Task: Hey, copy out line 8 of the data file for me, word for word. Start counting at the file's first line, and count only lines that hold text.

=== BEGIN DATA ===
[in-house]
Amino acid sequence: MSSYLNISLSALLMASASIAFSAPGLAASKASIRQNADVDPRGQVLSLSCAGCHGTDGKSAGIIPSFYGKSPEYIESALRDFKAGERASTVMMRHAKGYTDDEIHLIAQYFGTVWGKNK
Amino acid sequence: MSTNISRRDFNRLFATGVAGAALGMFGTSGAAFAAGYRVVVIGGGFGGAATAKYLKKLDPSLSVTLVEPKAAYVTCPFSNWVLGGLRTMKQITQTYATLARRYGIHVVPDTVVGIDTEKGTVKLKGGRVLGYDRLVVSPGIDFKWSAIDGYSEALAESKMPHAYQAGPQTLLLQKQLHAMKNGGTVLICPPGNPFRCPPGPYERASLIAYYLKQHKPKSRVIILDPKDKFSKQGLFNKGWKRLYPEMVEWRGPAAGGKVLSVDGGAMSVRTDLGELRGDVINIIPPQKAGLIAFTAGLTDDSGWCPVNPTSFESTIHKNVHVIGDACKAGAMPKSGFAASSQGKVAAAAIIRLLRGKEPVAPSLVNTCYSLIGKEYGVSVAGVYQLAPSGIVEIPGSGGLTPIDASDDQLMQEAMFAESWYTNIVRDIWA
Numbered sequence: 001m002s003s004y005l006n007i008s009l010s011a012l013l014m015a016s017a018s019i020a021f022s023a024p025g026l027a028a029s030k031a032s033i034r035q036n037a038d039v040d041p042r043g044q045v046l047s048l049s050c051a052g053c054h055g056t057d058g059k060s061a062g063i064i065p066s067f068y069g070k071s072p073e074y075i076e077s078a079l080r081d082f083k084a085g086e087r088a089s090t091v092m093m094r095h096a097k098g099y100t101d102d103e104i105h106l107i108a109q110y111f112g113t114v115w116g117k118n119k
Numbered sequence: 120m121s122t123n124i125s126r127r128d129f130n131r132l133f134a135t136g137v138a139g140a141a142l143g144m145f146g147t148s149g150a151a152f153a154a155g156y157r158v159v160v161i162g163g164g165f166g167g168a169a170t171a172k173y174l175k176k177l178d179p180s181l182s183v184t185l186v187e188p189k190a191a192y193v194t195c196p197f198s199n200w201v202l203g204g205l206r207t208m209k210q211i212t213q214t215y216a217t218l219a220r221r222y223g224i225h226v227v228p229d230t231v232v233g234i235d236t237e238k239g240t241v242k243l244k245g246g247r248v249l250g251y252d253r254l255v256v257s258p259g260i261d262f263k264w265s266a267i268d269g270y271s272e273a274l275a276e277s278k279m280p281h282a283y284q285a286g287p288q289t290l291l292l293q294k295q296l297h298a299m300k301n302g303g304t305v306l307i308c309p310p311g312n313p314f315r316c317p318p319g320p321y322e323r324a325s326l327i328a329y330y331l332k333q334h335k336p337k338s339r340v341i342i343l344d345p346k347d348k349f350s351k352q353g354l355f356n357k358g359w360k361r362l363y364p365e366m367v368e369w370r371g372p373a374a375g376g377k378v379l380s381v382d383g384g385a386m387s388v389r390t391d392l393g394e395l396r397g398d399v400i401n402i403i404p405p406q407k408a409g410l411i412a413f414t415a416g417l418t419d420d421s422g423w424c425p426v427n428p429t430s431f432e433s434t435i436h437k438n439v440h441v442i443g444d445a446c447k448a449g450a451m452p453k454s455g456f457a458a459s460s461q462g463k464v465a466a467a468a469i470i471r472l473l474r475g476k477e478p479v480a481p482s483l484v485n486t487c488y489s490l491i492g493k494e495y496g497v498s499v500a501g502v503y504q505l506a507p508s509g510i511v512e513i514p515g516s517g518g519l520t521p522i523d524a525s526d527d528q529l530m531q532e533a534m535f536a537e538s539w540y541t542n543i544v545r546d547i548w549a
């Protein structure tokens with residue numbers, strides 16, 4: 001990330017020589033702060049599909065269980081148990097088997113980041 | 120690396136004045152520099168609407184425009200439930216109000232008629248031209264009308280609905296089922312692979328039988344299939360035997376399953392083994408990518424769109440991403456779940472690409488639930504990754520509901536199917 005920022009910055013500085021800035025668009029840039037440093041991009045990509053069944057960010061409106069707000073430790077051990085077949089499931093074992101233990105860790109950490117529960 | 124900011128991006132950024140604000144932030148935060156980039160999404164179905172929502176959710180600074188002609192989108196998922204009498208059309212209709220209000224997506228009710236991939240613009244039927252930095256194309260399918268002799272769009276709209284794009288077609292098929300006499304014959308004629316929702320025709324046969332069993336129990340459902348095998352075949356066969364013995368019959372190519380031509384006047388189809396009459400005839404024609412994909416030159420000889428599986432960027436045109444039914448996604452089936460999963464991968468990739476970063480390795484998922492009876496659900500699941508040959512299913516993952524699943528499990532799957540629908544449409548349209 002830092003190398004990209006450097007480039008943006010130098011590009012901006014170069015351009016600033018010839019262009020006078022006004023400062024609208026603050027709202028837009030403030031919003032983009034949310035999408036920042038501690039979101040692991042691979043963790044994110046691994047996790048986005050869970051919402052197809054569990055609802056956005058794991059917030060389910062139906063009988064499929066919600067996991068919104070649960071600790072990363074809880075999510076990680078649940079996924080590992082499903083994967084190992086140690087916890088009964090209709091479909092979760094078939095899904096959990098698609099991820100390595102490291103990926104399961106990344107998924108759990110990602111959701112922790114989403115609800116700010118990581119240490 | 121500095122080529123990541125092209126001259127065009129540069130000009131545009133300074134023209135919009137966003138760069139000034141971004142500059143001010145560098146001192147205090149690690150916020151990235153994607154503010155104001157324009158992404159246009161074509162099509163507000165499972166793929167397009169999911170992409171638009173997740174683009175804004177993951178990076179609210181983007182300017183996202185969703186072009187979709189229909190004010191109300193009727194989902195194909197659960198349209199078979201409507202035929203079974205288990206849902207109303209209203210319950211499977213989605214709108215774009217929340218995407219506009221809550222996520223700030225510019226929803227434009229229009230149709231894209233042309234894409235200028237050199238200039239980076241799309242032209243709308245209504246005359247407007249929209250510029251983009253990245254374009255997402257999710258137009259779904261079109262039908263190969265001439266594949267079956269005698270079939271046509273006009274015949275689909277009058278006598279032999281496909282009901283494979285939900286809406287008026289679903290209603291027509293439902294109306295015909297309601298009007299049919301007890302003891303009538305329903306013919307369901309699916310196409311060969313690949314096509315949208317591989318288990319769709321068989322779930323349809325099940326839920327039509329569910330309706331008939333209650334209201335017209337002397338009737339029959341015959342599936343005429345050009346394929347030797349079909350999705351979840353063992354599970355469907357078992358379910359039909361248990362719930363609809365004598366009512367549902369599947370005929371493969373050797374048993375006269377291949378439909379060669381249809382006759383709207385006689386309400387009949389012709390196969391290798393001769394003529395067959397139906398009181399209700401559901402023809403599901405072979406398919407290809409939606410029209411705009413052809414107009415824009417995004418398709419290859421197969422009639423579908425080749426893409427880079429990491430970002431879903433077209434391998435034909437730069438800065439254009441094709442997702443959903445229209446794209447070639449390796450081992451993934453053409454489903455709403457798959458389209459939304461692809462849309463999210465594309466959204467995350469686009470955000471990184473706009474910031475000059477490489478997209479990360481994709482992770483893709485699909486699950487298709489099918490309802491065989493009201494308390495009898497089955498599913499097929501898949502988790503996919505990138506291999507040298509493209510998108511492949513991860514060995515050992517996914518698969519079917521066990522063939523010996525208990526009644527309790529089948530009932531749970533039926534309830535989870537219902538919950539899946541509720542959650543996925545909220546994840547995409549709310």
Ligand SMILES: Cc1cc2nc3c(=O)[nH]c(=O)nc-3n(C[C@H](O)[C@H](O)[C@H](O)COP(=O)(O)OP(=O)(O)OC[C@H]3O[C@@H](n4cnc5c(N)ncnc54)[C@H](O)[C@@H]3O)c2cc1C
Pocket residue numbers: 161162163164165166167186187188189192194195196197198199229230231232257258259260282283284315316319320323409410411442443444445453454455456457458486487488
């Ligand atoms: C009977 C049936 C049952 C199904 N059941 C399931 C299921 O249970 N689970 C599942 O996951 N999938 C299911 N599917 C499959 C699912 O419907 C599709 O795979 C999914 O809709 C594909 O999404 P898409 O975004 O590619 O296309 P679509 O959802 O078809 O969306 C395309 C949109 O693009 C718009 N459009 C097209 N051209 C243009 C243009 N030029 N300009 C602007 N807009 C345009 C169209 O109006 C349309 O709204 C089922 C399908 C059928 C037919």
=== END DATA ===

Pocket residue numbers: 161162163164165166167186187188189192194195196197198199229230231232257258259260282283284315316319320323409410411442443444445453454455456457458486487488